Let me paint my least favorite scene for you: “Ugh, I ate too much junk this weekend—I need to detox,” says fictitious coworker #1, clinging to a carrot. “Yeah, I’m doing a juice cleanse to detox my skin,” says fictitious coworker #2, sipping a pitcher of fruit juice. “I hate all of this,” says real me, standing atop my soapbox. Because I do. I hate the word “detox.”
Detoxes have been "cool" for as long as being skinny has been "cool" (yay, society!). And though they started out as a niche trend reserved for coastal kids who hung out in juice shops, detoxes have now become a mainstream movement, led by wellness "influencers" and health-obsessed celebrities. The only problem? Detoxes aren't based in science.
And though I’m cool with you doing and eating whatever you want, I'm not cool with perpetuating incorrect information. Which is why I got a doctor to tell the world, once and for all, whether or not detoxing actually works.
…That is, if you’re addicted to drugs or alcohol. “The only technical way to detox your body is to stop consuming things that are toxic to your body, like drugs and alcohol and allergy-related foods that are literally poisonous to you,” says Jennifer Haythe, M.D., a cardiologist and internist at Columbia University.
But that’s not the kind of detox your friends are talking about at brunch. Ninety-nine percent of the time, “detox” is flippantly used to mean “living healthier,” usually by eating better, cutting alcohol, and drinking lots of water. “It’s the idea that you treated your body poorly for a while, and now you’re going to ‘reset’ it by briefly, and radically, changing your dietary habits,” explains Dr. Haythe. This change, however, isn't actually any healthier, and it most definitely doesn't help "flush out" toxins, because...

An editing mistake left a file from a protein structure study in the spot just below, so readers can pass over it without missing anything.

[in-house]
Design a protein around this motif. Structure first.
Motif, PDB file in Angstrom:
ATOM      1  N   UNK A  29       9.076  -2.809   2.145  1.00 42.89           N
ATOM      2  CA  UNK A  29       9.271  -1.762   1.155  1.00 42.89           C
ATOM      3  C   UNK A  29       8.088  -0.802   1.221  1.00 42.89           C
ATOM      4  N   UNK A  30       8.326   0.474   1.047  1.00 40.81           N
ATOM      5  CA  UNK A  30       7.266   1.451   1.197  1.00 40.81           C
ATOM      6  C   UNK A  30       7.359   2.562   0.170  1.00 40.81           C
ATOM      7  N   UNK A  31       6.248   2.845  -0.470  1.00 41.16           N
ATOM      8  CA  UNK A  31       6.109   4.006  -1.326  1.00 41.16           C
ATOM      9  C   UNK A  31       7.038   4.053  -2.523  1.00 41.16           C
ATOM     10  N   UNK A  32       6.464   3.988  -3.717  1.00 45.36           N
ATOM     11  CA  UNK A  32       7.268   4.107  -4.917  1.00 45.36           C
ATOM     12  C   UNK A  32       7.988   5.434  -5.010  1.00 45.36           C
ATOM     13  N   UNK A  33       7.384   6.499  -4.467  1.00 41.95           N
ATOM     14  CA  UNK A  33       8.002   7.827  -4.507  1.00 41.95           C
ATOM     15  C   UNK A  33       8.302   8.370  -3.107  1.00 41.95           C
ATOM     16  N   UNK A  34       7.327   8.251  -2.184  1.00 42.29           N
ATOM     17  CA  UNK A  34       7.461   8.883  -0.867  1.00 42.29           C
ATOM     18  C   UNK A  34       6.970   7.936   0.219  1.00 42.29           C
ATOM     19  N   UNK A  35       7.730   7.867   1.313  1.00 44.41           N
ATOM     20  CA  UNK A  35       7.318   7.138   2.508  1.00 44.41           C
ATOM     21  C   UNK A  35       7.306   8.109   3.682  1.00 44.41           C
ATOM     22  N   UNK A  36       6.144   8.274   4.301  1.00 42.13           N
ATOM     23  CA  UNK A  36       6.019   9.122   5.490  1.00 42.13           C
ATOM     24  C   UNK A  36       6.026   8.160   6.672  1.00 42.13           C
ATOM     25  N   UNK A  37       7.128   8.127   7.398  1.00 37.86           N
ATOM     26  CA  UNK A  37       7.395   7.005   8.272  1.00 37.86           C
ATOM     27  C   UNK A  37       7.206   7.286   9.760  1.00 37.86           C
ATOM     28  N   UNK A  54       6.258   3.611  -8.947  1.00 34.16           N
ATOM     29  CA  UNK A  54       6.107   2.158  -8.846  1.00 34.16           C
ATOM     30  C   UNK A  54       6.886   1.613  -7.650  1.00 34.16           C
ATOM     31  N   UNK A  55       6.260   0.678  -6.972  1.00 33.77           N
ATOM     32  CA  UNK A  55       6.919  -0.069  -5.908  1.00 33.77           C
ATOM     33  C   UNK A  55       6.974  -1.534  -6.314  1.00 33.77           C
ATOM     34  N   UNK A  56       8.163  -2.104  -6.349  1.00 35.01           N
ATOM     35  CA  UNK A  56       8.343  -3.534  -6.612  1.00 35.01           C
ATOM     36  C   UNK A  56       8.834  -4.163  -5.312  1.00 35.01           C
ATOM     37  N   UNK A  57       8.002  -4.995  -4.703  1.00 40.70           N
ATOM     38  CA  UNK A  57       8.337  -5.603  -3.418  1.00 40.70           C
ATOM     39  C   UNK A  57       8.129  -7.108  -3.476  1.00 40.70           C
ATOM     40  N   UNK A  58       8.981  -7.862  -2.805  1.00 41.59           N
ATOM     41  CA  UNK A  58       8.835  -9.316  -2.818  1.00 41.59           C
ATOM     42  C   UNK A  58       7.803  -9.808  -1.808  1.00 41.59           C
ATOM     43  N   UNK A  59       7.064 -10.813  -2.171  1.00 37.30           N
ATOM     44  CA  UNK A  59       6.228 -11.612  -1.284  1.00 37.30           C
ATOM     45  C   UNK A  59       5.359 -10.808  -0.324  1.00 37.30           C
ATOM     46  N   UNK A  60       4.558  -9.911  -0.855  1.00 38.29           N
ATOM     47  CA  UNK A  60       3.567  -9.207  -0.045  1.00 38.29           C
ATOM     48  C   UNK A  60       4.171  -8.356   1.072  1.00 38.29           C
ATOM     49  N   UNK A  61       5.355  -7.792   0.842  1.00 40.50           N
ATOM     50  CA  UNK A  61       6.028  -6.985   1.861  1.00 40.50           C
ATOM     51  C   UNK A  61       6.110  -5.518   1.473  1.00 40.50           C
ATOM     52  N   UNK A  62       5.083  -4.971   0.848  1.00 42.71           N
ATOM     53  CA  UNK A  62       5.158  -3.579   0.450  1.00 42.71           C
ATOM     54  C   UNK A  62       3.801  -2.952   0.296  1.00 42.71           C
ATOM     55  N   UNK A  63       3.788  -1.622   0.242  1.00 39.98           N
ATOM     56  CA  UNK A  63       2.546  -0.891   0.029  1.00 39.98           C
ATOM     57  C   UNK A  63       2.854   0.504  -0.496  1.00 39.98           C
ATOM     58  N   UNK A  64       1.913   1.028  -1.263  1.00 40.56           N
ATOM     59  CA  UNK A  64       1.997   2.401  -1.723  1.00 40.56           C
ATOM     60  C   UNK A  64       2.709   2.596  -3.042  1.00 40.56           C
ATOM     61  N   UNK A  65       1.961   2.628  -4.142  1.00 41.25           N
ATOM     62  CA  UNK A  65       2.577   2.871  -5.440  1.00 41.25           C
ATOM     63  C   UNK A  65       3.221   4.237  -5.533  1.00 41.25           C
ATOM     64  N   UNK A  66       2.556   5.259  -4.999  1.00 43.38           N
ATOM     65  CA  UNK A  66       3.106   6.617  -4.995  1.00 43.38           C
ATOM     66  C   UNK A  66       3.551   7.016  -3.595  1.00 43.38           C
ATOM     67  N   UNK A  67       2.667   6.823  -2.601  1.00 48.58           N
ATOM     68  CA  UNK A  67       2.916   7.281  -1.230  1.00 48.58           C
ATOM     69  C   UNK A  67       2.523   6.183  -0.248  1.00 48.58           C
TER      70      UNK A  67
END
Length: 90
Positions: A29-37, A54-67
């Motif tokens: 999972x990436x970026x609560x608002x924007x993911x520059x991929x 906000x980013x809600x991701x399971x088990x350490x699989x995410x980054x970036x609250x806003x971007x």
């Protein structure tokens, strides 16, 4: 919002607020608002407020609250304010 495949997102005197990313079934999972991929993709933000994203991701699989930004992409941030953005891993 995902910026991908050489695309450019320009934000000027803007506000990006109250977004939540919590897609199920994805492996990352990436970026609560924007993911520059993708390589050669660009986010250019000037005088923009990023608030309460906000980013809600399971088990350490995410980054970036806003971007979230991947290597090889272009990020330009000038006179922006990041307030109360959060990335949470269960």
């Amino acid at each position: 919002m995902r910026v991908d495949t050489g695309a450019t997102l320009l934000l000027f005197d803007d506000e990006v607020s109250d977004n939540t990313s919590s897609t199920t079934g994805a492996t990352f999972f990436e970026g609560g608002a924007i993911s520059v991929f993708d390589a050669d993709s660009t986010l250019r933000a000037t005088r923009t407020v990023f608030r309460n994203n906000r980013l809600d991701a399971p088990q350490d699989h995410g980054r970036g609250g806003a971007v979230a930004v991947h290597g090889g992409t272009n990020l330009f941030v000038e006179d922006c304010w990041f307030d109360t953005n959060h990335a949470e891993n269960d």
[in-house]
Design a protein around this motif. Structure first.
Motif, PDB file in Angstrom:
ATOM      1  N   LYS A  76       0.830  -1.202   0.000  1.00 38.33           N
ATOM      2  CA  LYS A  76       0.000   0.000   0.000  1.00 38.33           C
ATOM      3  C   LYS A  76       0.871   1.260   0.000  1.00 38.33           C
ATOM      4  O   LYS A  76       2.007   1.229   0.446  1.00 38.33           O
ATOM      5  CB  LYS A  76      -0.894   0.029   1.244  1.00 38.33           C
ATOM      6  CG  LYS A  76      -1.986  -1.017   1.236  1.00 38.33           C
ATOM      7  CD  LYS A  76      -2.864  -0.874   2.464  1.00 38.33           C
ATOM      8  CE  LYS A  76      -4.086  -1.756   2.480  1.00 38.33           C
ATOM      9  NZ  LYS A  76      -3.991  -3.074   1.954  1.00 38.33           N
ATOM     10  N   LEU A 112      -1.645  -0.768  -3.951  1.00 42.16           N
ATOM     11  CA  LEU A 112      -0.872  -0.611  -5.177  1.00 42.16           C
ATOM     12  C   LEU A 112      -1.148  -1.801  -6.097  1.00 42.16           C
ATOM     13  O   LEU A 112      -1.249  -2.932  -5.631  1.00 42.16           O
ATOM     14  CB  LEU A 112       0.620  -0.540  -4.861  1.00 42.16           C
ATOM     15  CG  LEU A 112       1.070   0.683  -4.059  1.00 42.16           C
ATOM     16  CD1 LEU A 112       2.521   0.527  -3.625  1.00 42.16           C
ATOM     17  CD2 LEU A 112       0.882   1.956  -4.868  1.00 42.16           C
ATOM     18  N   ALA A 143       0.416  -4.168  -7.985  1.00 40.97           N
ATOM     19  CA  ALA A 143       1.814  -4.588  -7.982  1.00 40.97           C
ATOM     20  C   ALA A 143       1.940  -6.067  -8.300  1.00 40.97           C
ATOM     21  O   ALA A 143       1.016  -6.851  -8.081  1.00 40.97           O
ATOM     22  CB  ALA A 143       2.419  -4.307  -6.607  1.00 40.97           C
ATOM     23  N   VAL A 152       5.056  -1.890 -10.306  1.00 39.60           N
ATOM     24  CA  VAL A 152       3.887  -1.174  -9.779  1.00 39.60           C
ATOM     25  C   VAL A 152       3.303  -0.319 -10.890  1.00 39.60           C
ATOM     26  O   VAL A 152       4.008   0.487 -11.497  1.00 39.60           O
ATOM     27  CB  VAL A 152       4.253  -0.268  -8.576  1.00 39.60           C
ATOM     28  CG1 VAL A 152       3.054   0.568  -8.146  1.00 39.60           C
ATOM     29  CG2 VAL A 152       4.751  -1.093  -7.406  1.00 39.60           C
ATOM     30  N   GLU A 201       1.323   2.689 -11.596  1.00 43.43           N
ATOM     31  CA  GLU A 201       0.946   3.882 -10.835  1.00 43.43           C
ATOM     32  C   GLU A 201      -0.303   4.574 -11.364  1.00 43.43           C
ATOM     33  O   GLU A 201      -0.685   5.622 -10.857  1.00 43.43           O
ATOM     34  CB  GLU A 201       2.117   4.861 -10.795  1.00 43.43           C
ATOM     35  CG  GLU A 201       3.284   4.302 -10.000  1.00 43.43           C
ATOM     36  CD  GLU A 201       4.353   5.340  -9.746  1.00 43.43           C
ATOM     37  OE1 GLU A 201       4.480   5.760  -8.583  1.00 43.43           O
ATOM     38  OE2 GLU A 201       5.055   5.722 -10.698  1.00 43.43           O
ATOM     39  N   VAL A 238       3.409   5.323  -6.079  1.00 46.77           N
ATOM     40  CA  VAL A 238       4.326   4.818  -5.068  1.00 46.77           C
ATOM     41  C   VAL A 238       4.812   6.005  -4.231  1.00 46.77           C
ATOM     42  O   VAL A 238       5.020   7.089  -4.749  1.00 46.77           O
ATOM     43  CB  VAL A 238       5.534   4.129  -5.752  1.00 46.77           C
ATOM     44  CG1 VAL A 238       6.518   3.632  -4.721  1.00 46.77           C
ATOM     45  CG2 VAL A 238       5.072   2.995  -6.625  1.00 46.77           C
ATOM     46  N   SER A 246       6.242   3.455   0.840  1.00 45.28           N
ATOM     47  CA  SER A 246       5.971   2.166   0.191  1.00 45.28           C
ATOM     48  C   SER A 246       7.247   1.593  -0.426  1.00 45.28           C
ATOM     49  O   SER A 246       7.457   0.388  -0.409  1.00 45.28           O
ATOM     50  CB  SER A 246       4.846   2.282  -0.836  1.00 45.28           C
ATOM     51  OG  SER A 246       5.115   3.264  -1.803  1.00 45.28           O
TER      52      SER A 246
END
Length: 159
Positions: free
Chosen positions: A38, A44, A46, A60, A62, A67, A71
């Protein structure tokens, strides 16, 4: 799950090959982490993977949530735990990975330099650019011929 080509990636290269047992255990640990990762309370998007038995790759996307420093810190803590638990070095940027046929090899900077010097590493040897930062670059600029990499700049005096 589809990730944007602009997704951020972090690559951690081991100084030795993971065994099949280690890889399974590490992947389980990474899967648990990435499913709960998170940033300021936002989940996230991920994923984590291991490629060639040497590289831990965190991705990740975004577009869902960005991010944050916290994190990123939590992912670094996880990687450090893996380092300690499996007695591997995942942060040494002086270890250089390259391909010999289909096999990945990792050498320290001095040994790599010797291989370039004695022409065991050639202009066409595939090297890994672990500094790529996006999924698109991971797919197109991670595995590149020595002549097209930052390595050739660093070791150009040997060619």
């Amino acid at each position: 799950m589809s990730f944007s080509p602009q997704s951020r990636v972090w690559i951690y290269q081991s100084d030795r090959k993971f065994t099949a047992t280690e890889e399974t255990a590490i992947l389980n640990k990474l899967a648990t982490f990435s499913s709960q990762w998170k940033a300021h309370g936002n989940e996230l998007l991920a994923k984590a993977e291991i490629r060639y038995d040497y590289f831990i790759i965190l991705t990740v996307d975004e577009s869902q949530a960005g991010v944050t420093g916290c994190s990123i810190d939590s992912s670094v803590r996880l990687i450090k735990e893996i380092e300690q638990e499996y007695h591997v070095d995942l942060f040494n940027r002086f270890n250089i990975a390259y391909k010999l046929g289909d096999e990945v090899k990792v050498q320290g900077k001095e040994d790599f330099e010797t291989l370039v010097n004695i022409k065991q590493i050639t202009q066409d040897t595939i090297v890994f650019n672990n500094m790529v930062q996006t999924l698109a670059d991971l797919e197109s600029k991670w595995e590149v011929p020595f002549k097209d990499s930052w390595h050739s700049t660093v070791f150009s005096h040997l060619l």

As it turns out, your organs are already really, really good at detoxing all on their own. “Your liver, kidneys, and GI tract are always in a natural state of cleansing,” says Dr. Haythe. “A juice cleanse isn’t going to make your organs any more effective at doing their natural job—your body is going to excrete impurities the way it wants." At best, a cleanse, medically, will do nothing. At worst, "it can actually cause some problems," she says. Because...
“Oftentimes, when someone tries a ‘detox,’ they end up drinking tons of fruit juice or eating tons of fruit for days on end,” says Dr. Haythe. “So they’re just consuming huge amounts of sugar, which messes with their insulin levels, which can cause acne, fatigue, and hunger.” So, you know, the opposite of clean-body goals.
And sure, your detox may be a sugar-free, vegetable-only variation, but even still, “there’s no scientific evidence that drinking juices, even vegetable, will help you lose weight or ‘cleanse’ your body of supposed toxins,” says Dr. Haythe. In fact, you're likely missing out on key nutrients (like good fats and protein) by only eating fruits or veggies.
And if you’re detoxing for weight loss, Dr. Haythe notes that you may end up eating even more food post-detox to make up for the feelings of deprivation that you had while on the cleanse. And yet...
Yes, even if it’s technically medically bogus, and it can cause excess eating, and it can result in a sugar overload, a “detox” or “cleanse” or whatever you want to call it can make some people feel great.
“A lot of people may find their bloating is reduced and their energy levels are higher, solely because they’re eating smaller meals and healthier food, and their gut is processing it better than it would with a meal full of junk food,” says Dr. Haythe, “but that doesn’t mean your toxin levels are higher or lower.”
And to those people, we say congrats and godspeed. “The concept of detoxing doesn’t make a whole lot of medical sense, and I wouldn’t recommend it for the average person,” she says, “but if it makes you feel better and it’s only for a few days at a time, then more power to you.”